It’s important to keep in mind that most research on the gut-muscle connection has been done in mice, rats, and pigs. The results may not translate to humans and do not prove cause and effect, but they open the door to the exciting idea that diet could someday be used to slow the aging process by altering the composition of gut bacteria. A dietary pattern high in naturally high-fiber foods (and low in highly-processed refined foods) has many known health benefits—now we can add the possibility that it may even help keep us strong and fit.

Take Charge!

Follow these tips to preserve muscle with age:

-ADD STRENGTH TRAINING— using weights,machines, or your own body weight—at leasttwo days a week.

-BE GENERALLY ACTIVE, whether by walking,dancing, working, or playing, to keep thosemuscles moving.

-CHOOSE HIGH-FIBER FOODS like fruits,vegetables, legumes, and whole grains. Thesefoods have health benefits in their own right,and help maintain healthy gut microbes whichmay play a role in muscle structure and function.


  1. At the age of 88 I can still lift a 50# bale of hay, and heave it! I spade the garden, shovel snow, make quilts. (It takes a bit of push to force needles through several layers of fabric.) I put 20,000 miles a year onto my cars, and get up in the morning proving that I am an active believer that it is more productive to raise daisies than it is to push them up! If you don’t believe ask my daughter, Dr. Harmony Allison who is a Gastroenterologist, and a professor on your staff.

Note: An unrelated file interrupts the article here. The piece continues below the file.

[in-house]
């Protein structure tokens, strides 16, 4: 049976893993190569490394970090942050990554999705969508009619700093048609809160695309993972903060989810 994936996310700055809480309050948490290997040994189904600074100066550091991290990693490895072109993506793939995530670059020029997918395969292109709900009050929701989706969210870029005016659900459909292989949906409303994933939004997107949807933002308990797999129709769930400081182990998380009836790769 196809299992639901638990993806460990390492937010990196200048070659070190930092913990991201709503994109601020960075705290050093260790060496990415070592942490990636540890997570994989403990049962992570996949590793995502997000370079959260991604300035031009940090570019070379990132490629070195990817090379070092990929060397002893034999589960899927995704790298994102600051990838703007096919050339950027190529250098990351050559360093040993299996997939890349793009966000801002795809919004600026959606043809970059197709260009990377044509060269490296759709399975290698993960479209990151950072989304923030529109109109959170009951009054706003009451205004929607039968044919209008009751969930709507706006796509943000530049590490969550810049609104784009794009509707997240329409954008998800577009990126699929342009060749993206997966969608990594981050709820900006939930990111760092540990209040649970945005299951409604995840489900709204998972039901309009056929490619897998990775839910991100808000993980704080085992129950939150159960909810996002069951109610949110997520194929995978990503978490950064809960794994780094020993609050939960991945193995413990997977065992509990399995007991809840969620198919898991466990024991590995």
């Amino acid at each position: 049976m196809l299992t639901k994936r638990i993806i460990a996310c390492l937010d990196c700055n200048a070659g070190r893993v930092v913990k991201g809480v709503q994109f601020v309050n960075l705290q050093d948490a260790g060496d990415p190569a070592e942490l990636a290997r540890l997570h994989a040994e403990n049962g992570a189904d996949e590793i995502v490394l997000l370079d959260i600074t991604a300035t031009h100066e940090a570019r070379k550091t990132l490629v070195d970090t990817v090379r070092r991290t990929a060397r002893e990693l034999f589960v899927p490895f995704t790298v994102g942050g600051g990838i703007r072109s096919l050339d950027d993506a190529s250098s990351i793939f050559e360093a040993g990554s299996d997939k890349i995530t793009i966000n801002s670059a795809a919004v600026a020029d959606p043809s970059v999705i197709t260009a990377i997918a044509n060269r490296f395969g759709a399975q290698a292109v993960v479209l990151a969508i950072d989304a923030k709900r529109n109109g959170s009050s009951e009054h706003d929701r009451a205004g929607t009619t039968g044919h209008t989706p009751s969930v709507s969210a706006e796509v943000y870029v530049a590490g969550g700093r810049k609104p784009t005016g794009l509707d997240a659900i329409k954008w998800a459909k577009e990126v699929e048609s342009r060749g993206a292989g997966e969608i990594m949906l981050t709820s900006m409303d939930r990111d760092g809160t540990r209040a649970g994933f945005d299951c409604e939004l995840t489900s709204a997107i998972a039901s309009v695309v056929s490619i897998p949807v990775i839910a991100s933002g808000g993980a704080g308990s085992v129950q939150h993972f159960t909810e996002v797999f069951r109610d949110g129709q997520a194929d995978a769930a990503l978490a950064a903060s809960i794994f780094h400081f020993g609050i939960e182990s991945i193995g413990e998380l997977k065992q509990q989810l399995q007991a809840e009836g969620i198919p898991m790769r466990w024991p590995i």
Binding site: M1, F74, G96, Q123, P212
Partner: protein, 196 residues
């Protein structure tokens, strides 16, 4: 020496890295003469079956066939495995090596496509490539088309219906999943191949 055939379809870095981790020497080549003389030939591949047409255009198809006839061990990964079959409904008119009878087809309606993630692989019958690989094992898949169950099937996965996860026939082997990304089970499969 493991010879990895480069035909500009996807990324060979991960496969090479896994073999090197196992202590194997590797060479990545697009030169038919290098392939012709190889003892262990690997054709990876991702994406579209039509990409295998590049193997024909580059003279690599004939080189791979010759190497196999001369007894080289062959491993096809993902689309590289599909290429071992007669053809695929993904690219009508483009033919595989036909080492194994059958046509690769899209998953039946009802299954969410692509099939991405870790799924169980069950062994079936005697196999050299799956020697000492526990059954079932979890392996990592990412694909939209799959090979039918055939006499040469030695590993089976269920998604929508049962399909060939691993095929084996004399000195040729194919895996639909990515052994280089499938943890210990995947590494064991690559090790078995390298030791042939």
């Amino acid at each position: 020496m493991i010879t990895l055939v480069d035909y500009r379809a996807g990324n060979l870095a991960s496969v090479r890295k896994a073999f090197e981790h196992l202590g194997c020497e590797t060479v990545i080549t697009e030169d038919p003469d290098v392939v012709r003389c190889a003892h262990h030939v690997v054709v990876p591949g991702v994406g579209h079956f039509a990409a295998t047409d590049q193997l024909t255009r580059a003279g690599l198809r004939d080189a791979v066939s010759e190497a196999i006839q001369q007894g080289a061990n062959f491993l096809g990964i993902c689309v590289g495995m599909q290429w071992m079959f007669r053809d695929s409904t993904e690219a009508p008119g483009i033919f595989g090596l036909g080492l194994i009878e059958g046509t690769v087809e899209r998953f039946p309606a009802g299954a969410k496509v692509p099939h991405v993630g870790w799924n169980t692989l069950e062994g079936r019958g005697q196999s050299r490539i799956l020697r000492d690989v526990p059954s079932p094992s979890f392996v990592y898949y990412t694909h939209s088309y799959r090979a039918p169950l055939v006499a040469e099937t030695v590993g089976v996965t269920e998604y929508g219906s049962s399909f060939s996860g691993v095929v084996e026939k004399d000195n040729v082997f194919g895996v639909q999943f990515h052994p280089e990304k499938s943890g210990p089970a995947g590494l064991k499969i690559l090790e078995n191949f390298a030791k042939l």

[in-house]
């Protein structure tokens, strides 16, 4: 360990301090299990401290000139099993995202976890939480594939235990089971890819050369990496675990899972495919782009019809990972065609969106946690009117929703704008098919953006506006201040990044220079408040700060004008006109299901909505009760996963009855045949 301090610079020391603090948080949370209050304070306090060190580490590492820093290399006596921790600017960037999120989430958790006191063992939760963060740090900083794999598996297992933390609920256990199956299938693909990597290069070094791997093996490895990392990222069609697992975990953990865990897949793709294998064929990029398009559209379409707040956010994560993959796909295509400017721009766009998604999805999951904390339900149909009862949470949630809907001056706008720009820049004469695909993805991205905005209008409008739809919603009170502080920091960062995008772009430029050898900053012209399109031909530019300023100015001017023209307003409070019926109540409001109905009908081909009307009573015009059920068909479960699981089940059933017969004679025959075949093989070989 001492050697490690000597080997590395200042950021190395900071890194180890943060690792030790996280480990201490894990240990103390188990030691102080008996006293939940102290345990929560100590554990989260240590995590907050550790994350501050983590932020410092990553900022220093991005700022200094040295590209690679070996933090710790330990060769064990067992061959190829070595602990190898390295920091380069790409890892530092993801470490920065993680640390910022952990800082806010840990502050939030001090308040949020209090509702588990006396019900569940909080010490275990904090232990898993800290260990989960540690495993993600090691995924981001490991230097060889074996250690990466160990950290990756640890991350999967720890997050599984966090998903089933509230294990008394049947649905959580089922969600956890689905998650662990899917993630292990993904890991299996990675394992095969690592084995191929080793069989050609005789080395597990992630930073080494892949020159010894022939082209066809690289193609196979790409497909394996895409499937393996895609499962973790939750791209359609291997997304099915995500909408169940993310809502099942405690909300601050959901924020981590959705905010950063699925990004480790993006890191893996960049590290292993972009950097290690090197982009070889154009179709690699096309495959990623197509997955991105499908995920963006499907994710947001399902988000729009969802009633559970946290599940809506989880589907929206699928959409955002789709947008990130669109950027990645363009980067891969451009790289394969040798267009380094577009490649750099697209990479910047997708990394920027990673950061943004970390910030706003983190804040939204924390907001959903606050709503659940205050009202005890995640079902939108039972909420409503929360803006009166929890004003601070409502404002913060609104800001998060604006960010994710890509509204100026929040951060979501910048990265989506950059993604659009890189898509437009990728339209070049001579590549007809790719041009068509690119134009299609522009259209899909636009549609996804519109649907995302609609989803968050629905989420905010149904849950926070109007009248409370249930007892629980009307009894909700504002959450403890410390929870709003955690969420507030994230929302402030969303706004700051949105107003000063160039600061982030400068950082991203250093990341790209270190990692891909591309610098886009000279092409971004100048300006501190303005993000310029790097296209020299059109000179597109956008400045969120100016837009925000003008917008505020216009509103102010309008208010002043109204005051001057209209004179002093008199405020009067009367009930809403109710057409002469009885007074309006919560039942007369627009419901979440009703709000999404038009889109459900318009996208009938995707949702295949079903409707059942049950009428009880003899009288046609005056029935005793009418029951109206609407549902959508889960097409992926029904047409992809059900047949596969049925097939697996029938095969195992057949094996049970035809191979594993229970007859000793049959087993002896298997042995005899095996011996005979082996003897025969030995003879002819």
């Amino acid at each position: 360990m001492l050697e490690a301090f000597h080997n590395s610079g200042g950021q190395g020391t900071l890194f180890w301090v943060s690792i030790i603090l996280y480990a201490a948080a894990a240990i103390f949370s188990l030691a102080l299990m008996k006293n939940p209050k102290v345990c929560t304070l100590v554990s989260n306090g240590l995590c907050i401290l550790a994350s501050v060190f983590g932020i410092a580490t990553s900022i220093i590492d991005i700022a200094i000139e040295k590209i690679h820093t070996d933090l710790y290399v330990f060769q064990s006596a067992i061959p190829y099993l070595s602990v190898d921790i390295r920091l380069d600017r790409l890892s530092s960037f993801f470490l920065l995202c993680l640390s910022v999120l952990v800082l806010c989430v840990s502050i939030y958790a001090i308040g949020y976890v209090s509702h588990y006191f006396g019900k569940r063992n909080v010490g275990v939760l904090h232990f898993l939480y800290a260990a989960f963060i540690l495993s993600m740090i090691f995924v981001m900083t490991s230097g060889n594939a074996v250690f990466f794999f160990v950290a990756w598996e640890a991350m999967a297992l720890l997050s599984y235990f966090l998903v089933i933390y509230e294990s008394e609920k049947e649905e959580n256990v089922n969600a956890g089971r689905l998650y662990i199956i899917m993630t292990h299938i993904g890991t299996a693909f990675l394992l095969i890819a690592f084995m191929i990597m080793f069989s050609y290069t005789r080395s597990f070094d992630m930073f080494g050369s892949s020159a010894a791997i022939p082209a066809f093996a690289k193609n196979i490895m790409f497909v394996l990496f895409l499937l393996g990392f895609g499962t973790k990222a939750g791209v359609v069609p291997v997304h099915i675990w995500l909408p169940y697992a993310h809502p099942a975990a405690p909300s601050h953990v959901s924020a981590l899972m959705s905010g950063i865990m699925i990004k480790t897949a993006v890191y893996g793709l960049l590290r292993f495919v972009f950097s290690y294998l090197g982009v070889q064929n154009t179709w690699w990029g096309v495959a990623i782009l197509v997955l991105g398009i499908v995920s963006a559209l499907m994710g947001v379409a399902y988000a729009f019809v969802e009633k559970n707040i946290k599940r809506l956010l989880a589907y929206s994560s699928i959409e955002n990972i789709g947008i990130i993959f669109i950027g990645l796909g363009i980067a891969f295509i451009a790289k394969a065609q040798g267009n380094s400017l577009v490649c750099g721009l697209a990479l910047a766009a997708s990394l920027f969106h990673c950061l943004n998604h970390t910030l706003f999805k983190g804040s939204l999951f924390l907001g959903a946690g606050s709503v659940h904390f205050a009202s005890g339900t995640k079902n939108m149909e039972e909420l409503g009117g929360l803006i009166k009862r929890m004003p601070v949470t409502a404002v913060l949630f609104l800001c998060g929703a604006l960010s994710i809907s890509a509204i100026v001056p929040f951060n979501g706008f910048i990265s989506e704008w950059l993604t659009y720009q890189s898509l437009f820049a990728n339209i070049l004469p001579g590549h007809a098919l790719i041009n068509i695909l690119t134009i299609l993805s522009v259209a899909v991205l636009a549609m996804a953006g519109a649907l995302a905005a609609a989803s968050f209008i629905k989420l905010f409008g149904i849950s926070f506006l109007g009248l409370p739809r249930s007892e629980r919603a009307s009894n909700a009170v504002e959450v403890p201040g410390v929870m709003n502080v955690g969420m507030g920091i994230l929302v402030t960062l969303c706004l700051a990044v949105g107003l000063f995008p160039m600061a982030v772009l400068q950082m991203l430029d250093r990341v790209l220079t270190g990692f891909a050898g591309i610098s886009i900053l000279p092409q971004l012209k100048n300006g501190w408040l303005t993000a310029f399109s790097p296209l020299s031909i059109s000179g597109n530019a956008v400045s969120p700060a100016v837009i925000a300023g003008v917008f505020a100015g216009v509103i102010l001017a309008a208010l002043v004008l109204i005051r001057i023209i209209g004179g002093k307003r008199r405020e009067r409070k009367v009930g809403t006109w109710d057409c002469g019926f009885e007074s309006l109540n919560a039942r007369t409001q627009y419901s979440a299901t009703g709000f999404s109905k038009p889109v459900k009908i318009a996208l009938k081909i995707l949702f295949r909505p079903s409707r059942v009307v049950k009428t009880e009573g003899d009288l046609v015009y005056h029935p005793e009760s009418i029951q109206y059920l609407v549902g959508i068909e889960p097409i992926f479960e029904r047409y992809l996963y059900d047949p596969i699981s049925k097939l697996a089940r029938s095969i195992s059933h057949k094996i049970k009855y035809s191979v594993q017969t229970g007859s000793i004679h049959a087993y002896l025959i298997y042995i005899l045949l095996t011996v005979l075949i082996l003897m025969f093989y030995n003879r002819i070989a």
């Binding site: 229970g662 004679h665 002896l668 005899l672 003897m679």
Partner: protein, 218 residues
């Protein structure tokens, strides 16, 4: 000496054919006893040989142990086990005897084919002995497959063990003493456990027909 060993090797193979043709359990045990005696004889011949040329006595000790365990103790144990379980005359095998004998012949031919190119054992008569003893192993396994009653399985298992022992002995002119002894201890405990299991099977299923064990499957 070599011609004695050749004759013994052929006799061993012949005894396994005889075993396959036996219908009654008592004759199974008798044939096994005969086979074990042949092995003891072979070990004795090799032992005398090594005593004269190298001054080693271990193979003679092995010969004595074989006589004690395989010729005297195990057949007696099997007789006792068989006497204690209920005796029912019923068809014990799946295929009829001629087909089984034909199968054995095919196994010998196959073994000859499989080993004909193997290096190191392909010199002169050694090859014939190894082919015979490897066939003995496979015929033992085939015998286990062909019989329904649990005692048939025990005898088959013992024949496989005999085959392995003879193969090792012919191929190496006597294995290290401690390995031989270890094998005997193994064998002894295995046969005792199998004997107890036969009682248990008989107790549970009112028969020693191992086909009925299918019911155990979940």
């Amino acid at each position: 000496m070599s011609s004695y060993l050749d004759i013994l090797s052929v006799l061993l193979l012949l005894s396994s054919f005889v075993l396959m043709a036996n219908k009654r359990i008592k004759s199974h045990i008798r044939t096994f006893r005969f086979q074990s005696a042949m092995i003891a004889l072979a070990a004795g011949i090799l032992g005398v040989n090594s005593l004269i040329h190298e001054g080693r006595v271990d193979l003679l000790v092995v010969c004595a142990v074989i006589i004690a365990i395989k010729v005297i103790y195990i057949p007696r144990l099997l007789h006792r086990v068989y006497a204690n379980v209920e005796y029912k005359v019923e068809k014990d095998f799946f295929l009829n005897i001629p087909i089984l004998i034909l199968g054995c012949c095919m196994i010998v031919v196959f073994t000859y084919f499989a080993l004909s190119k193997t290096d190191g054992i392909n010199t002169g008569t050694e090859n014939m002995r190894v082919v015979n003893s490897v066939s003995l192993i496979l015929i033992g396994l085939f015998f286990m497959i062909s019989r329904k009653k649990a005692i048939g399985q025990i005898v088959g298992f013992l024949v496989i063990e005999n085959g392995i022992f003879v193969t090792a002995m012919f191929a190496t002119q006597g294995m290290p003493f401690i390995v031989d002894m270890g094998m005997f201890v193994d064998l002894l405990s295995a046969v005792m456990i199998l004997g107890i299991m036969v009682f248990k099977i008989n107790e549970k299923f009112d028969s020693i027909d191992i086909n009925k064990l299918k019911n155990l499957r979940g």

• Yes, it is helpful; and be consistent with it if you want them (the organisms) to stick around for a while. But make sure to always eat some type of probiotic food: kimchi and sauerkraut are good. Drinks: kefir and kombucha top the list. -Craig

  2. Excellent information . . . thanks for sharing. Keep the information coming. At age 89 I cannot lift a 50# bale of hay, but hope to get there with guidance such as yours! I do get activity with muscles at least twice a week and walk about 2-3 miles daily. But can always benefit by more information regarding food choices. Do not eat processed foods.

  3. I’m only 72 but love getting the expert information and guidance from Tufts — and following it! What an inspiration these comments have been!
    Robin Hatzenbuehler

  4. Gary Strunk I’m enjoying your lifting 50# bale of hay. At 86, I can still lift 100 lb. sack of feed on and off the truck. Been a vegetarian for 60 years. Wt. training twice a week. Gut microbiota is the next great frontier for over all health. thanks for these articles.